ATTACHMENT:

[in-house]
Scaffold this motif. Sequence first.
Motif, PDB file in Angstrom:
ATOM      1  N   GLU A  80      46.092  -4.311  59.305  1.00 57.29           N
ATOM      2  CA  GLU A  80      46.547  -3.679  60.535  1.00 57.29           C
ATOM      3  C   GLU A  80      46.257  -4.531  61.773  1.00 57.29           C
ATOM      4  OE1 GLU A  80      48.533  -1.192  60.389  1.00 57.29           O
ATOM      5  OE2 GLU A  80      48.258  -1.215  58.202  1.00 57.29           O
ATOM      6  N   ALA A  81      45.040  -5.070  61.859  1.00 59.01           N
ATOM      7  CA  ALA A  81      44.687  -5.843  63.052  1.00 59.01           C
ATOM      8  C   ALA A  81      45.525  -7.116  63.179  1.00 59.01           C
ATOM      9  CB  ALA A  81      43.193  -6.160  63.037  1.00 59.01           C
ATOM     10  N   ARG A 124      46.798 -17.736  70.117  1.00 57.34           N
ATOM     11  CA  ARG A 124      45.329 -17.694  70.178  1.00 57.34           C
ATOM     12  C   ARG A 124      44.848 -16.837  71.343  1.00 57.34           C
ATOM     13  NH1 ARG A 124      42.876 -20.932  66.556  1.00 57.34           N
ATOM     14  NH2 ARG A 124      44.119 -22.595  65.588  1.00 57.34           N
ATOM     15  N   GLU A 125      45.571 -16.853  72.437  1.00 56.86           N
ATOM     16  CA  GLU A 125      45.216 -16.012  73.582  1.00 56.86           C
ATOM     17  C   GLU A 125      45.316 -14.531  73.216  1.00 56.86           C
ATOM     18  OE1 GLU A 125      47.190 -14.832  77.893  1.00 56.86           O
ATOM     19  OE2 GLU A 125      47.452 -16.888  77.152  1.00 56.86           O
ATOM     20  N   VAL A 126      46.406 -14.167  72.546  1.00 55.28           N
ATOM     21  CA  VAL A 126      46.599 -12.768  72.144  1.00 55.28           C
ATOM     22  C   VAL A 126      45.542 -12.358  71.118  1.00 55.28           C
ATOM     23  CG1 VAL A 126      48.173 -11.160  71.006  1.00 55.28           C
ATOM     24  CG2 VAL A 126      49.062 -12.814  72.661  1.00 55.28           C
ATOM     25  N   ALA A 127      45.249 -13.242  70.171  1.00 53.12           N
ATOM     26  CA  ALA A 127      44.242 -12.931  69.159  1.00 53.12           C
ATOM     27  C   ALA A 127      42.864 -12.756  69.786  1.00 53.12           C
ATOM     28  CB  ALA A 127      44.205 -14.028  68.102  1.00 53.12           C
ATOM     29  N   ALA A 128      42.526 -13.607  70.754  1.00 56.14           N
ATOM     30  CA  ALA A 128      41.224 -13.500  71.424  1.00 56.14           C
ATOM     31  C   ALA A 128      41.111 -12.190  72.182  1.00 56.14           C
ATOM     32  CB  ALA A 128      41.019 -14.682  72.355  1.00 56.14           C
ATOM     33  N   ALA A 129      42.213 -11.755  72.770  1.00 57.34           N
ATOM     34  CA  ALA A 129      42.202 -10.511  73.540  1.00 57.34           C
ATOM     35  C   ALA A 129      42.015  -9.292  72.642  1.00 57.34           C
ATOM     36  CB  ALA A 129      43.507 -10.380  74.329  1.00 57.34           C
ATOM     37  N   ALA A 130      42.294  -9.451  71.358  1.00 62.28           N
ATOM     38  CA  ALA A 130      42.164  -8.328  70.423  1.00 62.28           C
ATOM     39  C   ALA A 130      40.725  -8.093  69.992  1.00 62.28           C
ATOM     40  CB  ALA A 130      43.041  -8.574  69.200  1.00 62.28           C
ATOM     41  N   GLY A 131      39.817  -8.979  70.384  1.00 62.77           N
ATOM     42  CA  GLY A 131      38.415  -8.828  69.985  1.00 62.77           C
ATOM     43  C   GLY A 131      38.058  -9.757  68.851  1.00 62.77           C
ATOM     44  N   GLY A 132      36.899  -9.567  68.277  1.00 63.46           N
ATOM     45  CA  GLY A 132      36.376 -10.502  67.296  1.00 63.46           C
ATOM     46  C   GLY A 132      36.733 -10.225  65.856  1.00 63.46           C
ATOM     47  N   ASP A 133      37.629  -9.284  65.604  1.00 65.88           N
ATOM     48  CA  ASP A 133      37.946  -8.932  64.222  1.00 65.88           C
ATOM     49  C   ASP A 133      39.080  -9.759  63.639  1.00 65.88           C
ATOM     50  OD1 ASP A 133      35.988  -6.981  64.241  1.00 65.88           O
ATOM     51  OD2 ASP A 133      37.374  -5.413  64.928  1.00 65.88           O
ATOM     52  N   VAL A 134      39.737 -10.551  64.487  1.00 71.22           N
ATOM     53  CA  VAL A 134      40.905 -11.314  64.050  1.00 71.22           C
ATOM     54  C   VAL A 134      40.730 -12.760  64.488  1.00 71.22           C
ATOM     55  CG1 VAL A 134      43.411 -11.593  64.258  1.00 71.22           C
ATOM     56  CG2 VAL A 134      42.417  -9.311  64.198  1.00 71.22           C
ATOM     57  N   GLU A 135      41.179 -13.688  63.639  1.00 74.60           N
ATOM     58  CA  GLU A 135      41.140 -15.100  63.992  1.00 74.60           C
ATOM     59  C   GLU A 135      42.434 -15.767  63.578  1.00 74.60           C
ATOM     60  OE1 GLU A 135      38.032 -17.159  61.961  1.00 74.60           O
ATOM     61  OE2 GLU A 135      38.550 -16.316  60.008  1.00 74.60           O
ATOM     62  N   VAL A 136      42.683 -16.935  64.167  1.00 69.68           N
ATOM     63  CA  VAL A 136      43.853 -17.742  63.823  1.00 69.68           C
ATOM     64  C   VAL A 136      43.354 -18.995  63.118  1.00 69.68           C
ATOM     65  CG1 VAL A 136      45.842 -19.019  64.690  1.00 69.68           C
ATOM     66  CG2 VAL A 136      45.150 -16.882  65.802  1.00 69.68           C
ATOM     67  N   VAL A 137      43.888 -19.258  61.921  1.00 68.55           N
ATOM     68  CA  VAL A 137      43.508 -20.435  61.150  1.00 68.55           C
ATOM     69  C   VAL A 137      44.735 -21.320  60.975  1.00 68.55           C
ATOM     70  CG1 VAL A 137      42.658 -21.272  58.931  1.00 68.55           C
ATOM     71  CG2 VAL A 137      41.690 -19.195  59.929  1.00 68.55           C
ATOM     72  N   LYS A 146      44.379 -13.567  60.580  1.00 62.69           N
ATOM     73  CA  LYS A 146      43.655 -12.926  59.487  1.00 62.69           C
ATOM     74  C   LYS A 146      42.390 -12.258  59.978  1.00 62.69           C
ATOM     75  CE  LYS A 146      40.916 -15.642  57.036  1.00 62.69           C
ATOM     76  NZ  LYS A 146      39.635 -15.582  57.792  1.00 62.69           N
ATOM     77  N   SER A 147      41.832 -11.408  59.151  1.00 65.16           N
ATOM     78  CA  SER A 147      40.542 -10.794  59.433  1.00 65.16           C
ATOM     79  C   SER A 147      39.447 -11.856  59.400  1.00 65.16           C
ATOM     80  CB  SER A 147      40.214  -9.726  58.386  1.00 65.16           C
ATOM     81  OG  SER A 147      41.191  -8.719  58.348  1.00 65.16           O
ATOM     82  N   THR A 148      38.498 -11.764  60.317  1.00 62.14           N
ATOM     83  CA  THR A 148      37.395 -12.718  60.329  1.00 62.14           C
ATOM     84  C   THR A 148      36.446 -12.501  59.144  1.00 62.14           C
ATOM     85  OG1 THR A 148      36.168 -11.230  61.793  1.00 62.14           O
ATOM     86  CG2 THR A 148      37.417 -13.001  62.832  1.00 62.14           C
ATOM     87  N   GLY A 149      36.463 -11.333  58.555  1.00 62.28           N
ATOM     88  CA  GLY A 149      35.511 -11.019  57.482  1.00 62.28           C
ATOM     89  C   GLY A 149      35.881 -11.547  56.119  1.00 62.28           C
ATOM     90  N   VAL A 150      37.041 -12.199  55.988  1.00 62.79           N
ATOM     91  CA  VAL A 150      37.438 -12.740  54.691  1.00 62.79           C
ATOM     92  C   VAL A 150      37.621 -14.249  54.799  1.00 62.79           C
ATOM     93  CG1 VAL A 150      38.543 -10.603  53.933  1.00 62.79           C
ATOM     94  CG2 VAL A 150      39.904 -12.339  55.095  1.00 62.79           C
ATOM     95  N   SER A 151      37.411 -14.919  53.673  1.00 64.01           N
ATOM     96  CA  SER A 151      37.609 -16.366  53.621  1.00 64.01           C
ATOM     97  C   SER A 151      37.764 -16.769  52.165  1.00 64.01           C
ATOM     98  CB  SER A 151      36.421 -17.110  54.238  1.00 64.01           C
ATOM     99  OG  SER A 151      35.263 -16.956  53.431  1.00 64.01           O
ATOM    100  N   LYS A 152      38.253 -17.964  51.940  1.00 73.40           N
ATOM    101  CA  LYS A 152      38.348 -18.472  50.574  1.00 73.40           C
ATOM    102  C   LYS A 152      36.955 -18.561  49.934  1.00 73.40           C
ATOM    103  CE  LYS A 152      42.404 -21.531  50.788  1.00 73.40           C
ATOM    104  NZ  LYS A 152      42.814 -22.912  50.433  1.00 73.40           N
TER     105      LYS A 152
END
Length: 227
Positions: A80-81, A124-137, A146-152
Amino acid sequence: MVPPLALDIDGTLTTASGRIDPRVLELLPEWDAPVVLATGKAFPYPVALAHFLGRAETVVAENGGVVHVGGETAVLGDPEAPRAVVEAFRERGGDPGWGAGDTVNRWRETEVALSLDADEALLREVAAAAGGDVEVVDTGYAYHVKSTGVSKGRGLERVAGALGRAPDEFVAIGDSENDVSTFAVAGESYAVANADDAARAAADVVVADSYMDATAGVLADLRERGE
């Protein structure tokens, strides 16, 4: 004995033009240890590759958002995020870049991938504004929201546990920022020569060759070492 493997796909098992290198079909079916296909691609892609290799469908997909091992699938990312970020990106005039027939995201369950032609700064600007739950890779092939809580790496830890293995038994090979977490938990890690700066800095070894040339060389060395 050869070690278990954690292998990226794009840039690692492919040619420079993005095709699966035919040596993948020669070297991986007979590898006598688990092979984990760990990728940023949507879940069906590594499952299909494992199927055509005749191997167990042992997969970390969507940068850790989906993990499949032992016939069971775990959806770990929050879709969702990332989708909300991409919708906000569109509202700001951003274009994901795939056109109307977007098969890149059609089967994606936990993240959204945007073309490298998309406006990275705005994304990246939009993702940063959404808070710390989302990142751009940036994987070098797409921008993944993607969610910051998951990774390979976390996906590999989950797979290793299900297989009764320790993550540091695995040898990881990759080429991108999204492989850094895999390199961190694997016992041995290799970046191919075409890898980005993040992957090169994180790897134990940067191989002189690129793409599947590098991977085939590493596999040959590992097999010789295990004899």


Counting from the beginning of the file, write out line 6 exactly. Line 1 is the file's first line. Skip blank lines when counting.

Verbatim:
ATOM      3  C   GLU A  80      46.257  -4.531  61.773  1.00 57.29           C